“We do have a challenge there still; luckily we started our talent program early back in 2005, but are still not able to meet all demand where talent is concerned,” Ng said, adding that this is good news for individuals because they will always be in demand.
“But as a country, we have to seriously look into quickly up-skilling more people and moving them into demand hotspots. The worry is that if we don’t do something, that demand will far outstrip supply,” she added, pointing to the MyProCert and MyUniAlliance training and international certification programs as one of many ongoing intiatives which seeks to address this skill gap.
Ng said that with the unemployment rate at 2.9%, the country is enjoying what can be considered “full employment”; however the continued push with the creation of new jobs means there is now a need to tap into the latent workforce to meet demand.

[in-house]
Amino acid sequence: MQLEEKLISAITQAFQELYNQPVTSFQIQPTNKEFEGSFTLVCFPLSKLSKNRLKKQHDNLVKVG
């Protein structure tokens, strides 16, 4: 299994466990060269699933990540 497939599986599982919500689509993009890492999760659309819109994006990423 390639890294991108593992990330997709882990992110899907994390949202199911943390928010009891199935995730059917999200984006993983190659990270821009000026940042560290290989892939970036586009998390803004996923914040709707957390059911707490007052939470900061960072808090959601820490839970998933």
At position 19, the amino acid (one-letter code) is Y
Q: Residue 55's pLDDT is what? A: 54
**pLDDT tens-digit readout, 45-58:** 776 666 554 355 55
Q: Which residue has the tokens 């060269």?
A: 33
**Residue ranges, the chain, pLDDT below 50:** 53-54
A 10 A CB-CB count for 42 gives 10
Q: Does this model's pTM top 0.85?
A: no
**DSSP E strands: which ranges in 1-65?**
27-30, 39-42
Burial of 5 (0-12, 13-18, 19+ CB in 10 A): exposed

She said that efforts are underway to more aggressively reach out to the pool of latent workers to rejoin the workforce, especially to highlight options such as flexi-work hours and remote working which are now available at many companies.
“They may not be able to be stationed at an office or commit to traditional work hours but the changes in today’s work environment can now cater for such needs, allowing them to rejoin the workforce to help resolve the supply gap,” she said.
Attracting and equipping young talent
According to the Talent Supply-Demand report, there is declining interest in ICT courses with a 16% decrease in new students and 11% decrease in graduates from 2008-2010.
“We can do with more graduates from engineering and ICT, that’s for sure,” Ng said.
In addition, the study also found that only 28% of companies which currently employ fresh graduates from local IHLs believe that they are of good quality, with the rest finding graduates to be of average quality (58%) and poor quality (14%).
Current skill gaps highlighted by the study (click to enlarge chart) saw software development (42%) skills topping the list followed by database (23%) and networking & security (18%). To that end, institutions of higher learning must adapt their curricula accordingly with more emphasis on practical industry experience.
Ng said that current efforts included lobbying for universities to grant approval to allocate credit hours to the teaching of industry-set curriculum.